Knitzer takes a narrower approach by considering programs specifically targeting low-income and at-risk children’s social and emotional problems. After identifying the magnitude of the problem — which is quite large with respect to low-income children’s readiness for school and their prevalence of clinical disorders — she analyzes the evidence. Knitzer, like Lipman and Boyle, concludes that existing evaluations of programs for low-income children targeting emotional, social and behaviour problems are relatively scarce. However, she acknowledges that current interventions, many still underway, have paid increasing attention to low-income children’s behavioural problems either through targeted services in school, home or clinic settings, or through the inclusion of social and emotional outcomes in program evaluations. These interventions, Knitzer speculates, will yield further insights into ameliorating low-income children’s emotional and social problems. She points to programs that work in a coordinated manner with parents as well as caregivers and teachers to promote low-income children’s emotional well-being as a particularly promising avenue. Knitzer also emphasizes the need to consider the connection between young children’s socio-emotional and academic functioning. Similar to Lipman and Boyle, Knitzer reiterates the need for greater political investment in addressing young children’s social, emotional and behavioural well-being.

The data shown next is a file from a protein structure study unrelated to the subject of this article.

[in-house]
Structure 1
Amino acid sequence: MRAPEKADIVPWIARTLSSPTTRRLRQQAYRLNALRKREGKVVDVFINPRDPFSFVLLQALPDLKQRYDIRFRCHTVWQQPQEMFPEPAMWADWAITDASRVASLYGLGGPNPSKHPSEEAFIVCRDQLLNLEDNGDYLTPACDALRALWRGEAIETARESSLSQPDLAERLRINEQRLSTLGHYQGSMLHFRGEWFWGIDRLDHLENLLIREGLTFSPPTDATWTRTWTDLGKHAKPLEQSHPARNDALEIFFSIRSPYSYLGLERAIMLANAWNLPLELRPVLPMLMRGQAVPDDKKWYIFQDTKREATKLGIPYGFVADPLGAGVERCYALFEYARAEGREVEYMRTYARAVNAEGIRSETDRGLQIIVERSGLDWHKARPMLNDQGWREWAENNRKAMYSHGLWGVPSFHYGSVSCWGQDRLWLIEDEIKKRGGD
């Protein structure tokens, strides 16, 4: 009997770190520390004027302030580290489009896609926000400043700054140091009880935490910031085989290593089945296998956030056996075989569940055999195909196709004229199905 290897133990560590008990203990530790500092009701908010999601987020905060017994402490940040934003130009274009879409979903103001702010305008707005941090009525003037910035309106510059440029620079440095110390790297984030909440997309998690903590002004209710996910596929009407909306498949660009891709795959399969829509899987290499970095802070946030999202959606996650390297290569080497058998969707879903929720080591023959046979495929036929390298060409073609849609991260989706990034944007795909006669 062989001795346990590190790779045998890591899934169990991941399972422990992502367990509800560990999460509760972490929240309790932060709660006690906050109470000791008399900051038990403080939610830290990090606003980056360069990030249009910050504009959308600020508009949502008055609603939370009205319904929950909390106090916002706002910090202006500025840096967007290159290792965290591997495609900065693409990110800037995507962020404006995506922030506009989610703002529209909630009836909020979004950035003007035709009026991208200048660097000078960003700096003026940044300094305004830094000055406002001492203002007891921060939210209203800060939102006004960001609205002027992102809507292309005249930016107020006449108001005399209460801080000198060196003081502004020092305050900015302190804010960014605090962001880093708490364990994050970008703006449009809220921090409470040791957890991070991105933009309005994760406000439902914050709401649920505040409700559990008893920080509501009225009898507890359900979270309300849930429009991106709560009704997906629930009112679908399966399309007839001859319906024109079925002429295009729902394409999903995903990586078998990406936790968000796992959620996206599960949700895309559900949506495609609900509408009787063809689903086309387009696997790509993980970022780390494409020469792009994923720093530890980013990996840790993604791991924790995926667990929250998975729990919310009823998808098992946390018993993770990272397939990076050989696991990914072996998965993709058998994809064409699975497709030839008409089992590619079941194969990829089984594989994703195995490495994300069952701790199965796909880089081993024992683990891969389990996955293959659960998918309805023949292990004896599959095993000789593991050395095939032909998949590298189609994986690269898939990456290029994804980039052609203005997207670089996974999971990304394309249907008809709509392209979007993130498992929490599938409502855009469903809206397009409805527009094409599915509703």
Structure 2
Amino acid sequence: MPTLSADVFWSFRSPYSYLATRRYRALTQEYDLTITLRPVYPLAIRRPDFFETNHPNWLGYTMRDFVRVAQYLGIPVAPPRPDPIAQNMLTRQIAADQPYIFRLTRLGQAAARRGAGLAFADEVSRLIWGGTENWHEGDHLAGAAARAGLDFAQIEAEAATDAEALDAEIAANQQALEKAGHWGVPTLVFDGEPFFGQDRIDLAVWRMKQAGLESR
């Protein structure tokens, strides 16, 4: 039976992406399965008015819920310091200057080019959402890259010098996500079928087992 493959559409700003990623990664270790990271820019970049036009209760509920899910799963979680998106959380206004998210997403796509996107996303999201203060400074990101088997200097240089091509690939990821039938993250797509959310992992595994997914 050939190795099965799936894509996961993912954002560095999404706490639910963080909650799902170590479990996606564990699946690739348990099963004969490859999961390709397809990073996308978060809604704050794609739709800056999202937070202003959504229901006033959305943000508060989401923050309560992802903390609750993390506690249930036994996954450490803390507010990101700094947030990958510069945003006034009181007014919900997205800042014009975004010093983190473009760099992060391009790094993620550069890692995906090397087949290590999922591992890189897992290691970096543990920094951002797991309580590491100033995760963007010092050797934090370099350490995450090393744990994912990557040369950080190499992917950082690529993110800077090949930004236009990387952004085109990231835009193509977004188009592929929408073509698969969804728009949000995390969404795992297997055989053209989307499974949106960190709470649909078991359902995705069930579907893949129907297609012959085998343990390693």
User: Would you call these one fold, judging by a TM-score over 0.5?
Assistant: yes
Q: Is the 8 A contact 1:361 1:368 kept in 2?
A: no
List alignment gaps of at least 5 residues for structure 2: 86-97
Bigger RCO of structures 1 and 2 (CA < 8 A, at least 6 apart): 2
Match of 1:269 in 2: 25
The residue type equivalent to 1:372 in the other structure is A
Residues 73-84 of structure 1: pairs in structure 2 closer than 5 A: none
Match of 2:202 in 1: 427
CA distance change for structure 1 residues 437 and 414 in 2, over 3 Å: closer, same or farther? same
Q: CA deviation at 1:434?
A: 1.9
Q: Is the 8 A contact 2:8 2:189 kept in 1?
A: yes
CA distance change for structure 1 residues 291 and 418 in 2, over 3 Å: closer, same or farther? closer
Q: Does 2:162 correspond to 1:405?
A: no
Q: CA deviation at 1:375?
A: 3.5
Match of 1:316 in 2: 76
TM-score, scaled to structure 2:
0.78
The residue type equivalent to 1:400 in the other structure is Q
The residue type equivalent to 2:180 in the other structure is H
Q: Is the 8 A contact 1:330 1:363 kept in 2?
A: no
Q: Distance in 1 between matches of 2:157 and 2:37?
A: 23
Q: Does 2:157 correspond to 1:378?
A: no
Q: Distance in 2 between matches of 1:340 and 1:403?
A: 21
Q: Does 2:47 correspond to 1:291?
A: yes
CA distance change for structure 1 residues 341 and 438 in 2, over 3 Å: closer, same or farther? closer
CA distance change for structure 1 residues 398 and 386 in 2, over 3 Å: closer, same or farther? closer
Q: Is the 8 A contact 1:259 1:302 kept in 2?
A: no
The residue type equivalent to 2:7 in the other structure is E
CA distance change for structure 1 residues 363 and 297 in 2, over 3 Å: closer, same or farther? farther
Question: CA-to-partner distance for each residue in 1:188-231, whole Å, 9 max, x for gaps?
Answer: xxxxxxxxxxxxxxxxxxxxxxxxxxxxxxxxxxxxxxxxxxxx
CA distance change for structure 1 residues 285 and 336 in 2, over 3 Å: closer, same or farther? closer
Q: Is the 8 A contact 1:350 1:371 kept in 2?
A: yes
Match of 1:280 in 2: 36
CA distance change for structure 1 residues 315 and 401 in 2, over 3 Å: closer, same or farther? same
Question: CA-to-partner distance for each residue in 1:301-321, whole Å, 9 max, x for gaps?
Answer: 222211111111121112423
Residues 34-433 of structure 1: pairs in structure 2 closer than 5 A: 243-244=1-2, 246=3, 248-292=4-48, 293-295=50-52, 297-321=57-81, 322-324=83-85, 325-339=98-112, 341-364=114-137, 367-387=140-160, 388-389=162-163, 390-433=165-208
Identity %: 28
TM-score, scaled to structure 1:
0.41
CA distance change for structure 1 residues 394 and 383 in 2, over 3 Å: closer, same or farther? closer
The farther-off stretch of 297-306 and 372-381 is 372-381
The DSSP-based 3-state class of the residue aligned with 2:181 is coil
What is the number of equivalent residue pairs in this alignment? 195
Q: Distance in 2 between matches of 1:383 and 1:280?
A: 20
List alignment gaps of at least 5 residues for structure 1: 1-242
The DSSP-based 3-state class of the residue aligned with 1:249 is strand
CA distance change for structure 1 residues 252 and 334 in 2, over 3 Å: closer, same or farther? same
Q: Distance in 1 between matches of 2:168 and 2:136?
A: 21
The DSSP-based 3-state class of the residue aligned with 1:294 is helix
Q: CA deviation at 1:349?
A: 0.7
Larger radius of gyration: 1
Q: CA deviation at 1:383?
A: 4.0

Kitzman focuses exclusively on home visiting as a strategy for providing services to families with young children, notably those who are low-income. Drawing on several recent reviews of the home visiting literature, much of it based on her own and her colleagues’ well documented work, she takes a more optimistic view of the efficacy of home visiting programs than Knitzer (albeit still a sober-eyed view). She surmises that home visiting programs are associated with children’s enhanced health and development — although not necessarily in the emotional, social and behavioural domain — and more optimal child-rearing environments. Yet Kitzman acknowledges that findings are mixed, in large part, because of variability across programs in theoretical models, targets of service, service intensity, implementation and quality, to name a few key dimensions that have likely contributed to this inconsistency. She identifies several features of home visiting programs that may lead to more positive outcomes. These characteristics include meeting the needs of both parents and children — these needs must extend beyond providing social support — ensuring programs are delivered to capacity and targeting programs to the most vulnerable families.